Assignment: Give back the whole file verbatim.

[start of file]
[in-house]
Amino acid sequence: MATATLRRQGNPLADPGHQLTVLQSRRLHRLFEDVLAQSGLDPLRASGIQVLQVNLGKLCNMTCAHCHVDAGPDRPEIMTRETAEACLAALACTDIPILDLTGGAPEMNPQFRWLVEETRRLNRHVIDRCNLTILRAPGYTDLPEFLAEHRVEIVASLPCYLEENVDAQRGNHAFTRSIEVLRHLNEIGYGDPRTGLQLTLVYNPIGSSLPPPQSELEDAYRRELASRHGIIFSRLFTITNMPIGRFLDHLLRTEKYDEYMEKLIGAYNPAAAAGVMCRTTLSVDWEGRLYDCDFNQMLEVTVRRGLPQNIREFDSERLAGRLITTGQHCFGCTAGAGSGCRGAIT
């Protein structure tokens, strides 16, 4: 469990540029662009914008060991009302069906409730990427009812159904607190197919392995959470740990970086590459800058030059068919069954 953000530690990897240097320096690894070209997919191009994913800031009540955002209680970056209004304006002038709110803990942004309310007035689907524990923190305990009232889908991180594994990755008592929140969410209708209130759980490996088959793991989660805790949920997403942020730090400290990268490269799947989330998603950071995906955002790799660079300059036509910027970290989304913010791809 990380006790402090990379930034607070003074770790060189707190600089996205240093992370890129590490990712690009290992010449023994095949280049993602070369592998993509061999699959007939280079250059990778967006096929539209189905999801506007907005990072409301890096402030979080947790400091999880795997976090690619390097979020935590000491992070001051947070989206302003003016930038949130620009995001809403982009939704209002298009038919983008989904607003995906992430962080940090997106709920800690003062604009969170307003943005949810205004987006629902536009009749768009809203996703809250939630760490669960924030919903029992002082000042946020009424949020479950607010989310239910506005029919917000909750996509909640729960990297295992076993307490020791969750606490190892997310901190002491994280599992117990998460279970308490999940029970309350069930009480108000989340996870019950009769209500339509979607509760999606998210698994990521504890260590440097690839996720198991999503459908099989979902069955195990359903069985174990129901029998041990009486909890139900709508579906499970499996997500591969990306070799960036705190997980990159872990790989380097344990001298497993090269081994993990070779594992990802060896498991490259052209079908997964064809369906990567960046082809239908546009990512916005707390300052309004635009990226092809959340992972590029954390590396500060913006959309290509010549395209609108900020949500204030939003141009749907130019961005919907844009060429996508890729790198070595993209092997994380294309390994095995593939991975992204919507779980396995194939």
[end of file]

[in-house]
Amino acid sequence: MATATLRRQGNPLADPGHQLTVLQSRRLHRLFEDVLAQSGLDPLRASGIQVLQVNLGKLCNMTCAHCHVDAGPDRPEIMTRETAEACLAALACTDIPILDLTGGAPEMNPQFRWLVEETRRLNRHVIDRCNLTILRAPGYTDLPEFLAEHRVEIVASLPCYLEENVDAQRGNHAFTRSIEVLRHLNEIGYGDPRTGLQLTLVYNPIGSSLPPPQSELEDAYRRELASRHGIIFSRLFTITNMPIGRFLDHLLRTEKYDEYMEKLIGAYNPAAAAGVMCRTTLSVDWEGRLYDCDFNQMLEVTVRRGLPQNIREFDSERLAGRLITTGQHCFGCTAGAGSGCRGAIT
């Protein structure tokens, strides 16, 4: 469990540029662009914008060991009302069906409730990427009812159904607190197919392995959470740990970086590459800058030059068919069954 953000530690990897240097320096690894070209997919191009994913800031009540955002209680970056209004304006002038709110803990942004309310007035689907524990923190305990009232889908991180594994990755008592929140969410209708209130759980490996088959793991989660805790949920997403942020730090400290990268490269799947989330998603950071995906955002790799660079300059036509910027970290989304913010791809 990380006790402090990379930034607070003074770790060189707190600089996205240093992370890129590490990712690009290992010449023994095949280049993602070369592998993509061999699959007939280079250059990778967006096929539209189905999801506007907005990072409301890096402030979080947790400091999880795997976090690619390097979020935590000491992070001051947070989206302003003016930038949130620009995001809403982009939704209002298009038919983008989904607003995906992430962080940090997106709920800690003062604009969170307003943005949810205004987006629902536009009749768009809203996703809250939630760490669960924030919903029992002082000042946020009424949020479950607010989310239910506005029919917000909750996509909640729960990297295992076993307490020791969750606490190892997310901190002491994280599992117990998460279970308490999940029970309350069930009480108000989340996870019950009769209500339509979607509760999606998210698994990521504890260590440097690839996720198991999503459908099989979902069955195990359903069985174990129901029998041990009486909890139900709508579906499970499996997500591969990306070799960036705190997980990159872990790989380097344990001298497993090269081994993990070779594992990802060896498991490259052209079908997964064809369906990567960046082809239908546009990512916005707390300052309004635009990226092809959340992972590029954390590396500060913006959309290509010549395209609108900020949500204030939003141009749907130019961005919907844009060429996508890729790198070595993209092997994380294309390994095995593939991975992204919507779980396995194939």